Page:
William Shakespeare's Sonnet 73 is a poem about love, like many of the sonnets. In this sonnet, Shakespeare is discussing the season, autumn, and how he has grown old.
In order to interpret the lines, one must understand the imagery to which he is speaking of. The lines in question are as follows:
Upon those boughs which shake against the cold,
Bare ruin'd choirs, where late the sweet birds sang.
The boughs which Shakespeare is speaking of is referring to tree limbs. Winter weather is moving in and the wind is shaking the branches. This could be looked at as personification given the branches are shaking against the cold (much like a person would do if under-dressed for the bitterness of the weather). Therefore, line three is simply depicting branches moving about given the wind is forcing them to move.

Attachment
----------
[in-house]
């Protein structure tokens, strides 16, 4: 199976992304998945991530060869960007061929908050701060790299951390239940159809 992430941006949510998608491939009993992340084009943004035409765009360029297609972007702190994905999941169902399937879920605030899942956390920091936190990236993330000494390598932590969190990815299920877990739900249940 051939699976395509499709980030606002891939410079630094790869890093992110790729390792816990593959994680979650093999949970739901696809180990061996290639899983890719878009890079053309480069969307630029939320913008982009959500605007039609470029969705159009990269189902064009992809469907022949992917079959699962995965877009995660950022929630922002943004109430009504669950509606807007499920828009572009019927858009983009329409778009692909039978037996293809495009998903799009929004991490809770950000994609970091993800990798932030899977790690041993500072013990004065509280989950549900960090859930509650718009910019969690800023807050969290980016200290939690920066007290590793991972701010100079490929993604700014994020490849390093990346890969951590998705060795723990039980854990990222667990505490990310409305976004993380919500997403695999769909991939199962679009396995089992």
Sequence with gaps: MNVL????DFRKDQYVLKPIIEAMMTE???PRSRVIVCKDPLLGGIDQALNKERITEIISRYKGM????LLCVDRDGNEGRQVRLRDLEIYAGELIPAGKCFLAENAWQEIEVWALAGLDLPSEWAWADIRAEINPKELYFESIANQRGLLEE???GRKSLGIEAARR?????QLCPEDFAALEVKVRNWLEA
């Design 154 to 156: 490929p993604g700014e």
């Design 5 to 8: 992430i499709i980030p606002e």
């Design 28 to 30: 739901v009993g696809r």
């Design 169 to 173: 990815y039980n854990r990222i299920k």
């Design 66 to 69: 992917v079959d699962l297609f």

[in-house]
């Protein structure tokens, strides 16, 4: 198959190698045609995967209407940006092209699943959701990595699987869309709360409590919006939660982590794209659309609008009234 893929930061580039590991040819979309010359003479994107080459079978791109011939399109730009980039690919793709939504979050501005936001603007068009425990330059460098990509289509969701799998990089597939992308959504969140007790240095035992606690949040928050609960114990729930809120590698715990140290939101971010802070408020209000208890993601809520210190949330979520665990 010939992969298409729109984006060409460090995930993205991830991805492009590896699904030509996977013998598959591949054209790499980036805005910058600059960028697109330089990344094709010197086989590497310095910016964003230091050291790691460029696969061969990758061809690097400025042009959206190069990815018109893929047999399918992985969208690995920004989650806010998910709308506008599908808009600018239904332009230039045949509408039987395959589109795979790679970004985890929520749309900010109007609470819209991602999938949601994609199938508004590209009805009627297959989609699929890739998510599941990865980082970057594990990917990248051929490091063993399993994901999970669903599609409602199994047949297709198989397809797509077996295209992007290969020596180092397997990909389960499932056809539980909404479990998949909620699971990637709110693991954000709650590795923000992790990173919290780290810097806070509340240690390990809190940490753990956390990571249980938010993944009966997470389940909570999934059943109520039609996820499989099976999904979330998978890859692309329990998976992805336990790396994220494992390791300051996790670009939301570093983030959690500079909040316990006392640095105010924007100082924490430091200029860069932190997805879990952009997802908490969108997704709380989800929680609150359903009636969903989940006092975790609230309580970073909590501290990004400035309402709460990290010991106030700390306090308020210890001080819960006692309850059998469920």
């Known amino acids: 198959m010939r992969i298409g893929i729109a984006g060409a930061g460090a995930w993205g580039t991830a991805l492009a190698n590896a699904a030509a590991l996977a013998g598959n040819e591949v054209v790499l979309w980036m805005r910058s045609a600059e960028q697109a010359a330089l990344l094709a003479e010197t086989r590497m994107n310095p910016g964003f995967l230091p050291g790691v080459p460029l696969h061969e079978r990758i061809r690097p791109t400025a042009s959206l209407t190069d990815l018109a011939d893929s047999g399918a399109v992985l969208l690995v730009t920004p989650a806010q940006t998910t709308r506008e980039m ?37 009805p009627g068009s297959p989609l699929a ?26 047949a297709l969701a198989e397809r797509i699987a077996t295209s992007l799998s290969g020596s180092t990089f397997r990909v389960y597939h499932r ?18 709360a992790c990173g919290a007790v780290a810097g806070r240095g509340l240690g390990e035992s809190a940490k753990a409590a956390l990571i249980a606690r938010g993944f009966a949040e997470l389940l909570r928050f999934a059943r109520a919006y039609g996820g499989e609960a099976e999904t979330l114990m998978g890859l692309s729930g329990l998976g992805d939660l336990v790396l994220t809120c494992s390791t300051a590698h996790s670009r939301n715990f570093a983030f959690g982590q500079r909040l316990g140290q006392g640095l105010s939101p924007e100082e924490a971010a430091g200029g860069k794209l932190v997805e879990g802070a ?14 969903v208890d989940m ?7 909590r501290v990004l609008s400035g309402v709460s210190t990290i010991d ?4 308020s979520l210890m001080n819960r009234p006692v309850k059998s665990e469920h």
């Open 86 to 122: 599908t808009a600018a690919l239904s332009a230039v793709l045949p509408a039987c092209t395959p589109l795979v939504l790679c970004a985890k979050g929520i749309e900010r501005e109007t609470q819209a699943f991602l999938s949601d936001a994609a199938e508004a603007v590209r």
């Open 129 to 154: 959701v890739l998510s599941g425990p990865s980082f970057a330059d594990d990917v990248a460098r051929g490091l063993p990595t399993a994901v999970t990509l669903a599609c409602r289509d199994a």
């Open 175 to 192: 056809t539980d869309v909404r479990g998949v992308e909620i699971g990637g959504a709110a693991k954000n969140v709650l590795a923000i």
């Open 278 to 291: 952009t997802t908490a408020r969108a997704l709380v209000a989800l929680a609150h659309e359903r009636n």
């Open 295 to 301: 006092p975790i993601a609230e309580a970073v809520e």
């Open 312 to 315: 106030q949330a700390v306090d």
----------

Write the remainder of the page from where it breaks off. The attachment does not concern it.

Line four is still speaking about the branches. Here, the reader can see that the leaves have certainly fallen given the branches are described as being bare. The image Shakespeare sets up here is that the branches served as a choir stand which holds those who would sing. In regards to the birds, the birds are the choir who used to sit upon the branches and sing. Given the leaves have dropped and the weather has changed, the birds no longer perch on the branches to sing. (This is denoted by the use of the word late, meaning no longer.)